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Let's create a value for the sake of this question:

val a = 1 :: Nil

now, I can demonstrate that the anonymous functions can be written in shorthand form like this:


is it possible to write a shorthand of this function?:

a.map((x) => x)

my solution doesn't work:

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Doesn't make much sense, does it? It's just a NOP. –  delnan Dec 12 '10 at 14:11
this is just an example. it can make some sense in context –  coubeatczech Dec 12 '10 at 14:21
This is a good example of the cases where the overuse (imho) of '_' sugar in Scala really makes it difficult for people to pick up the language. –  akauppi Mar 3 '13 at 21:29
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3 Answers

up vote 14 down vote accepted

Your first shorthand form can also be written point-free

a map (2*)

Thanks to multiplication being commutative.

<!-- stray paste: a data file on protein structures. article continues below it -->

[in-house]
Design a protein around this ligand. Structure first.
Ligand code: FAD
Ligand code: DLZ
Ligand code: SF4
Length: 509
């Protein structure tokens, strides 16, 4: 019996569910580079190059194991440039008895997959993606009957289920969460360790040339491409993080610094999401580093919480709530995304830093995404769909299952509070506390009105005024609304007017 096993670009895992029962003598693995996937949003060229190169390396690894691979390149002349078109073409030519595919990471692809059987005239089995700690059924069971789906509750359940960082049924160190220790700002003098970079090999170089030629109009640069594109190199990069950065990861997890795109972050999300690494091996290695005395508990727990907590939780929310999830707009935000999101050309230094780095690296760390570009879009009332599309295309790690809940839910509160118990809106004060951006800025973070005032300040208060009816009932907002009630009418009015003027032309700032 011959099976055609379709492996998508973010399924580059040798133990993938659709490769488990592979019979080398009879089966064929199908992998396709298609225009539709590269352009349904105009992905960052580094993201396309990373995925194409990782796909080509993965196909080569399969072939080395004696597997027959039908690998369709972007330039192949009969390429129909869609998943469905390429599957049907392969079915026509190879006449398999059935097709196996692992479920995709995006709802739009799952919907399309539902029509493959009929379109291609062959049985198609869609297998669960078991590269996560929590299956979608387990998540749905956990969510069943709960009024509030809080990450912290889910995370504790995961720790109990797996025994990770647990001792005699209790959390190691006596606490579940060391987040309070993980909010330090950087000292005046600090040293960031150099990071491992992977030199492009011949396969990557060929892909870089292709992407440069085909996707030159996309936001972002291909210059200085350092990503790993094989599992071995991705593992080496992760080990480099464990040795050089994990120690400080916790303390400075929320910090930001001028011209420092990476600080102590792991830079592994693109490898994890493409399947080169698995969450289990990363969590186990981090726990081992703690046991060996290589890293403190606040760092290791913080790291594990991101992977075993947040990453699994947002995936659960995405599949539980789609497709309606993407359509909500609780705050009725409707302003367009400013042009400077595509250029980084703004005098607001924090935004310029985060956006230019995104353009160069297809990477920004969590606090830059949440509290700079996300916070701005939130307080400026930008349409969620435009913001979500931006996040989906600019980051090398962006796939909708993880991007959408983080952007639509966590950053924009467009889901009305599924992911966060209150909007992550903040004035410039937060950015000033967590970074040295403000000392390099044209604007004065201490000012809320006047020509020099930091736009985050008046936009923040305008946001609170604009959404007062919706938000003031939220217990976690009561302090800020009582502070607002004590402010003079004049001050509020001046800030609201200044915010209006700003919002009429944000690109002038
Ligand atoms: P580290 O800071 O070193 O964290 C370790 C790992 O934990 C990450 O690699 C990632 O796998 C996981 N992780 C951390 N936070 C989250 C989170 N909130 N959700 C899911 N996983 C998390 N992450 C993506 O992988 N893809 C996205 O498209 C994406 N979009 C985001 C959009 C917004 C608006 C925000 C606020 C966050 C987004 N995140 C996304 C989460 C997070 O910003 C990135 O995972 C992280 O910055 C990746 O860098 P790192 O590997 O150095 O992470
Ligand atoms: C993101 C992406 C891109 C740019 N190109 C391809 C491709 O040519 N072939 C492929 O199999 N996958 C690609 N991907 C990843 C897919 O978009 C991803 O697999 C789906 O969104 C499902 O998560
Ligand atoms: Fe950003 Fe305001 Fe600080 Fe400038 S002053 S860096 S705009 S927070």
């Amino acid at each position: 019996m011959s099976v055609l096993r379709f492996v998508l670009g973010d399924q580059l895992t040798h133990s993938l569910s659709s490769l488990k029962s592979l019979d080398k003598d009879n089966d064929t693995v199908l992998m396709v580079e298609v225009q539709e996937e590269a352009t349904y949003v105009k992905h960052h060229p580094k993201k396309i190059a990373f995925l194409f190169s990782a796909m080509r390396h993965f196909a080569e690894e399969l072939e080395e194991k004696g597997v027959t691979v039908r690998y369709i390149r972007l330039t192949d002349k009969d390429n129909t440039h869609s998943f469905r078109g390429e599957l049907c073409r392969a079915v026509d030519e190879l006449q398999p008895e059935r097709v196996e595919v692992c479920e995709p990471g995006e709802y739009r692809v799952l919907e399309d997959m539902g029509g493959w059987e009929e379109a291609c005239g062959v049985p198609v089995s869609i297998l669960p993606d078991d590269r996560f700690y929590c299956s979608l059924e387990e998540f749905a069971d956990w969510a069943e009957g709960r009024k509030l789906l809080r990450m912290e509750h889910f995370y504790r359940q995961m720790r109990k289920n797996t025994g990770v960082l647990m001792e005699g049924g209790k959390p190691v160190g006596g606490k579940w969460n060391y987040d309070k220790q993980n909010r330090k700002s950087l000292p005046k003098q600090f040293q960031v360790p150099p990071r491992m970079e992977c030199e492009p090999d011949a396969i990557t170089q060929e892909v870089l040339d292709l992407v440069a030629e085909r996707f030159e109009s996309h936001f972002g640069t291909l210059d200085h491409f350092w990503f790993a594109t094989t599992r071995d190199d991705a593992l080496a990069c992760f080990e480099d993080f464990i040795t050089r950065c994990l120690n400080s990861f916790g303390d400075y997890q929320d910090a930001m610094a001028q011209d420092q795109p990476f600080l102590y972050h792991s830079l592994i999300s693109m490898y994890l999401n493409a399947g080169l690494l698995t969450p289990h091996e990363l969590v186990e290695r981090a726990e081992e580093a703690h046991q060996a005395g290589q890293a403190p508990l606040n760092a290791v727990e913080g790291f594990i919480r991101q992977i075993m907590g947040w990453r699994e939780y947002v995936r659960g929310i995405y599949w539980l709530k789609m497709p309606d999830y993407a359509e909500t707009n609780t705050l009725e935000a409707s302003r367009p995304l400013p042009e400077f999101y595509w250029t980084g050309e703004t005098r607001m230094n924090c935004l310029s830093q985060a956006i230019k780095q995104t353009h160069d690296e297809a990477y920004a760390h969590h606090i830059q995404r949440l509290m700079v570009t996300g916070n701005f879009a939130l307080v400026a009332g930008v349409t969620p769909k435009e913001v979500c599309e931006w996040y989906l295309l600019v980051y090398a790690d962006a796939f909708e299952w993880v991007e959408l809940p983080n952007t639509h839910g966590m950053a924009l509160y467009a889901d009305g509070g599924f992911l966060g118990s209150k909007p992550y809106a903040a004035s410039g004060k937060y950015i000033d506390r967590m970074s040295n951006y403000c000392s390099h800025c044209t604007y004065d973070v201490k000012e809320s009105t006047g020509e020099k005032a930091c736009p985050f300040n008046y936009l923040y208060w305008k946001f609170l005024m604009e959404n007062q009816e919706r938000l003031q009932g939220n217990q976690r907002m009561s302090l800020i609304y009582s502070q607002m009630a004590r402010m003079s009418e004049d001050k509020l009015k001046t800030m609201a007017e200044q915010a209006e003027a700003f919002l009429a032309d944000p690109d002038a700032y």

As for (x) => x, you want the identity function. This is defined in Predef and is generic, so you can be sure that it's type-safe.

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I think you mean commutative. –  Debilski Dec 12 '10 at 14:19
It's a pity that x=>x is four characters while identity is eight. This is why I never use identity. –  Rex Kerr Dec 12 '10 at 14:50
@debilski This stuff isn't easy you know! Not when there's an 18 month-old fighting for access to the keyboard! –  Kevin Wright Dec 12 '10 at 18:45
@Rex identity may be 8 letters, but it's still a single identifier and so is easier to parse (for humans and compilers alike) –  Kevin Wright Dec 12 '10 at 18:50
@Kevin - If you always use the same letter (e.g. x), you can just pronounce the "single identifier" x=>x as "identity". –  Rex Kerr Dec 13 '10 at 0:32
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For the record, a.map(_) does not work because it stands for x => a.map(x), and not a.map(x => x). This happens because a single _ in place of a parameter stands for a partially applied function. In the case of 2*_, that stands for an anonymous function. These two uses are so close that is very common to get confused by them.

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You should use identity function for this use case.


identity is defined in scala.Predef as:

implicit def identity[A](x: A): A = x 
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